by Kerry Hearne
Cliff Young was first and foremost a bushie. He worked his potato farm with his brother Sid and amazed the locals by running around his property in his long work pants and gumboots - at least 30 kilometres every day. A few times a week he would run into town to post a letter, pick up something he needed or just do it for the sake of the run. It was about a 40km round trip!
In 1983, at the age of 61, Cliff entered the inaugural Westfield Sydney to Melbourne Ultra Marathon. The field attempting the 875 kilometre race included some of the best ultra marathoners in the world. No-one had ever heard of Cliff Young.
Cliff began with little fanfare. The media commented occasionally on the wiry little Victorian with his strange shuffling running style and his unconventional attire. However, the favourites took the early lead and enjoyed most of the media attention.
One morning, early in the race, Cliff's support team mistakenly woke him at 1am instead of the usual 5am and he began his day's run. When it took so long for the sun to come up they realised what had happened and told Cliff. Cliff said it didn't matter, he felt fine and kept going. He passed all the other competitors and repeated this practice each morning. By the time the other runners realised what had happened, it was too late. Cliff had an unassailable lead and crossed the finish line in Melbourne well ahead of his nearest rival.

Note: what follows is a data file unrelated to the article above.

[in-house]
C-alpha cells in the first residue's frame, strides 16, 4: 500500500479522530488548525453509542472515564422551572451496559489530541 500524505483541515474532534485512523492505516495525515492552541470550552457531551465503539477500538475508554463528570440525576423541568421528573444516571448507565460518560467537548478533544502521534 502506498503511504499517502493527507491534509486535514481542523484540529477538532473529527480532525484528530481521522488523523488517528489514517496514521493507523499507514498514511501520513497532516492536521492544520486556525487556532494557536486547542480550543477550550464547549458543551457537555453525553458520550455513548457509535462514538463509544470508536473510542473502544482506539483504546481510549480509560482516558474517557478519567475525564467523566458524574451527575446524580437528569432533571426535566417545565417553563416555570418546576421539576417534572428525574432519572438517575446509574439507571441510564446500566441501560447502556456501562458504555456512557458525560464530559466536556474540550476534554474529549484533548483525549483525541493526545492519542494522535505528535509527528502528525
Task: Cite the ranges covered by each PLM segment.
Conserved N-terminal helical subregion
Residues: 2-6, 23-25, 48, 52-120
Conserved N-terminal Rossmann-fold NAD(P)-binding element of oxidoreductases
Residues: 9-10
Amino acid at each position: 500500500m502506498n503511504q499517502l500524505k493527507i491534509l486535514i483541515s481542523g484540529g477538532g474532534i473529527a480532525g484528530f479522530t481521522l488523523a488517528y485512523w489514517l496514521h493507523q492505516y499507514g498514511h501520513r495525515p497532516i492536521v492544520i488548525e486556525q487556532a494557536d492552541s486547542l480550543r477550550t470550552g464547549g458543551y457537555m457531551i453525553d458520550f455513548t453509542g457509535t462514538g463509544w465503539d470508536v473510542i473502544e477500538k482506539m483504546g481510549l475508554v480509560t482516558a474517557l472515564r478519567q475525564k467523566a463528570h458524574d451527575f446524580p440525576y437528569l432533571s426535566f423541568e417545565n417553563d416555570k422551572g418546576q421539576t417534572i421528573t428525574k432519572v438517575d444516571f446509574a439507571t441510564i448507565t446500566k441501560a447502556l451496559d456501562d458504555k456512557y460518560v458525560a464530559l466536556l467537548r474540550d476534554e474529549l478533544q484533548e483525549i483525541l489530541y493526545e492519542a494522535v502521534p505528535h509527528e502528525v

What had started out as a race that ignited mild interest on the east coast of Australia became an event watched by millions all over the country. Everyone cheered Cliff on and shared in the excitement of seeing an unlikely champion's amazing achievement.
Cliff dreamt of setting the record for running around Australia. On his last attempt at age 76, he covered 6,520 kilometres before falling ill and being diagnosed with prostate cancer.
While Australians will always remember Cliff's amazing achievements in running, he was probably admired more for his down to earth, unassuming and quiet ways. He shared the $10,000 prize money from the race with the other competitors because he figured they had all "done it pretty tough….". That was Cliff…
Kerry Hearne is a regular contributor to Life In Legacy.